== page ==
The CBO has done the hard work of marking to market all the assets purchased with TARP funds, including preferred stock in various banks. It concludes that today’s mark-to-market value of the $247 billion spent in 2008 is just $183 billion, and that the government essentially used the TARP to subsidize the US financial system to the tune of $64 billion last year. This table comes from the full report:
This table gives the best indication yet of where Treasury’s subsidies are really going. The recapitalizations account for half the total subsidy, but in a sense they’re cheap — a subsidy rate of just 18% — since they’re 72% of the total outlays.
In contrast, the $20 billion of emergency funds which went to Citigroup constituted a government giveaway of $5 billion — a 26% subsidy rate. And the subsidies for AIG (53%) and the auto sector, including GMAC (63%) were higher still.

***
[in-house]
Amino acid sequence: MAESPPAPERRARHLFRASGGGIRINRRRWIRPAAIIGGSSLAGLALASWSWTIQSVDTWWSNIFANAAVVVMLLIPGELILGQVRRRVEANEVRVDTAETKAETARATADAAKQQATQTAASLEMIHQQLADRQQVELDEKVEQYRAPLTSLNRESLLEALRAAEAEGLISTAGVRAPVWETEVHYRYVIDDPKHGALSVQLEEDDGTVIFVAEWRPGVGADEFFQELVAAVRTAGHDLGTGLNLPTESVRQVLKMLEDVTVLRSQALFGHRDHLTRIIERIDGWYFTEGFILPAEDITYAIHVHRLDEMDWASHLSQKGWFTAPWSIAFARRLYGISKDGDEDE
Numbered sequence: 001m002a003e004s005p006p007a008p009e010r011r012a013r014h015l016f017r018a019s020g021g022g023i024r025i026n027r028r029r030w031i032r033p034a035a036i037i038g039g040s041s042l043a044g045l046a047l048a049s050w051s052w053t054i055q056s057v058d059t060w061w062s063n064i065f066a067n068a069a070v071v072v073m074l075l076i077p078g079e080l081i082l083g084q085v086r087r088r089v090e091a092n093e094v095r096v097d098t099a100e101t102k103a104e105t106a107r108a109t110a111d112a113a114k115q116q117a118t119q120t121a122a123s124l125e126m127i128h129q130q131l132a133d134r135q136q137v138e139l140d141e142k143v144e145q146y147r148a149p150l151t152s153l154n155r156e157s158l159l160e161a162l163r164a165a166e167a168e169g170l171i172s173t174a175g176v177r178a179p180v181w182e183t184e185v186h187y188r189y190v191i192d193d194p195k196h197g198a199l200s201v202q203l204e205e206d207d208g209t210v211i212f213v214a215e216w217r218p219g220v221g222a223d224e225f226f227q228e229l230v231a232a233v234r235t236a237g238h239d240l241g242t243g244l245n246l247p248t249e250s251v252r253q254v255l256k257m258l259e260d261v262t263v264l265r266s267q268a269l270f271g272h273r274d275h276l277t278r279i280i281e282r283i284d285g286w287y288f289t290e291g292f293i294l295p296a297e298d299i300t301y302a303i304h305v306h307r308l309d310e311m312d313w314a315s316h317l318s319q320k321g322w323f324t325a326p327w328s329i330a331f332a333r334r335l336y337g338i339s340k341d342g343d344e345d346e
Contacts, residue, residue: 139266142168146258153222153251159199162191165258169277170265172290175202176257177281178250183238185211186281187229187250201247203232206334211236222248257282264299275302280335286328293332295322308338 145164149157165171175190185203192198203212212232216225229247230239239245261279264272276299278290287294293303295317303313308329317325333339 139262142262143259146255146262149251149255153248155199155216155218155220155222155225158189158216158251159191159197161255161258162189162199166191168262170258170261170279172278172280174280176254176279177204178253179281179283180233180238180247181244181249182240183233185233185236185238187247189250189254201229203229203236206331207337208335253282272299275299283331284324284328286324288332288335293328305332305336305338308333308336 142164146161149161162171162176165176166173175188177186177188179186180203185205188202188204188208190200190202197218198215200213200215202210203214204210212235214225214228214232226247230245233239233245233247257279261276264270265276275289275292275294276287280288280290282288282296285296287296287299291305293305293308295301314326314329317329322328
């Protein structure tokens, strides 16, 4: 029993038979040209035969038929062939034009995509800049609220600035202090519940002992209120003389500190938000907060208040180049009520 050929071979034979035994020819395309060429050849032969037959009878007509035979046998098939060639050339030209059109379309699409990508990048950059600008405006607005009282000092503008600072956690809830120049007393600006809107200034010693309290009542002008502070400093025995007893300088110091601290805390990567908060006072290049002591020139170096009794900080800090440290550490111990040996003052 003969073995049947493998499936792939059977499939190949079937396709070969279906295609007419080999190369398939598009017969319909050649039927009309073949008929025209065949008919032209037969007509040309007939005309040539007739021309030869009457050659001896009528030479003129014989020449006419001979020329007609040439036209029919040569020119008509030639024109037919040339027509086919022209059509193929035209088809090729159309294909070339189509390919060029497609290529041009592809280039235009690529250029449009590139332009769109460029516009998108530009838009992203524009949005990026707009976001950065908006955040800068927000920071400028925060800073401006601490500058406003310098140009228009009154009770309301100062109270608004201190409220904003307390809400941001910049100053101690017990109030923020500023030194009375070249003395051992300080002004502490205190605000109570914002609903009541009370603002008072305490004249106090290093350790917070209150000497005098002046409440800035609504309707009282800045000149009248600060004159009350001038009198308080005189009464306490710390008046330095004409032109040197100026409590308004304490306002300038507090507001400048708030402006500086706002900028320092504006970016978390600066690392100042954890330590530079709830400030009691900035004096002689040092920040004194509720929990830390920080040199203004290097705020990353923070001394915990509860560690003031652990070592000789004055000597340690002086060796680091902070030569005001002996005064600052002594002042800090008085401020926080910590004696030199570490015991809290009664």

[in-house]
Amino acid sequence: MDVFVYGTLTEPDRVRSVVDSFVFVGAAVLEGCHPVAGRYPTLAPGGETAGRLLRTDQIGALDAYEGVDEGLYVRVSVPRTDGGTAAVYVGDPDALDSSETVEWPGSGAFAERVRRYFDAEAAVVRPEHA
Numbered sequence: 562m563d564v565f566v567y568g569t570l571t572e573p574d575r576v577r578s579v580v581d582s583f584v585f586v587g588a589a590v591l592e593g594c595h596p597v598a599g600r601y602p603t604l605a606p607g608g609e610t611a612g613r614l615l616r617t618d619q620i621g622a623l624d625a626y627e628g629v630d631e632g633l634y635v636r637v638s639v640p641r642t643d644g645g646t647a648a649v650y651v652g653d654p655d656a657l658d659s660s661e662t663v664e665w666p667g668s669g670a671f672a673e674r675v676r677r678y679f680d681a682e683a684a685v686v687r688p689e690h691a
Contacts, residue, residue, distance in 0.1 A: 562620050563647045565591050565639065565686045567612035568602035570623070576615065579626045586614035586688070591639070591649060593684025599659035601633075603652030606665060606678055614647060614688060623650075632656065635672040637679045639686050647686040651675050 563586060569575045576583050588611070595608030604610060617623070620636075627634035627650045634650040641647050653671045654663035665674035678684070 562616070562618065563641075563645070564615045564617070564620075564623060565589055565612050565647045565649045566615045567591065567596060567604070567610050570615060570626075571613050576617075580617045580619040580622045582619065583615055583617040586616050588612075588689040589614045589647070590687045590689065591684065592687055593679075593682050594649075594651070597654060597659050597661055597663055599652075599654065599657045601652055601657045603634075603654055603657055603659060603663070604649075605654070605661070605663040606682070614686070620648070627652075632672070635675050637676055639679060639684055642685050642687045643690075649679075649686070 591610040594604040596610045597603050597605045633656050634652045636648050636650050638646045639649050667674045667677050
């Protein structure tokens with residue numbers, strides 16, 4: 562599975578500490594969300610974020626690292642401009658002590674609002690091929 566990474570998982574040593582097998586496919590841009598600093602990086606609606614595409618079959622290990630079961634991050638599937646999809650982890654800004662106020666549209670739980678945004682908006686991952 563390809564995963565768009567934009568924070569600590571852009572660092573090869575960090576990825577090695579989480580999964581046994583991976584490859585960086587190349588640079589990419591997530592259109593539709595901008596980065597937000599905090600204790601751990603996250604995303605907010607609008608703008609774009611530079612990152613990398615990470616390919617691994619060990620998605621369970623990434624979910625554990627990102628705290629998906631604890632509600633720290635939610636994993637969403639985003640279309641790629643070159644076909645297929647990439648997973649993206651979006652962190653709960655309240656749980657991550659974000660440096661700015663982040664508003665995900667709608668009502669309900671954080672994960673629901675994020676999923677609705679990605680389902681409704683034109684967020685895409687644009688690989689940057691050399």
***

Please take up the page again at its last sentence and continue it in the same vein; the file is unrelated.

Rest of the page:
I would very much like to be able to see the breakdown of the subsidies within the capital purcahse program — presumably the subsidies to strong banks are much lower than the subsidies to weak banks, but it would be great to see them itemized.
I look forward to Treasury telling us, before it spends any more TARP funds, what kind of subsidy rate it considers acceptable. There’s a total of $453 billion in TARP funds not spent in 2008; if those too have a subsidy rate of 26%, that’s equivalent to government expenditure of another $118 billion. To put that number in perspective, the market capitalization of Citigroup and Bank of America combined is just $55 billion. Isn’t it about time we just nationalized them?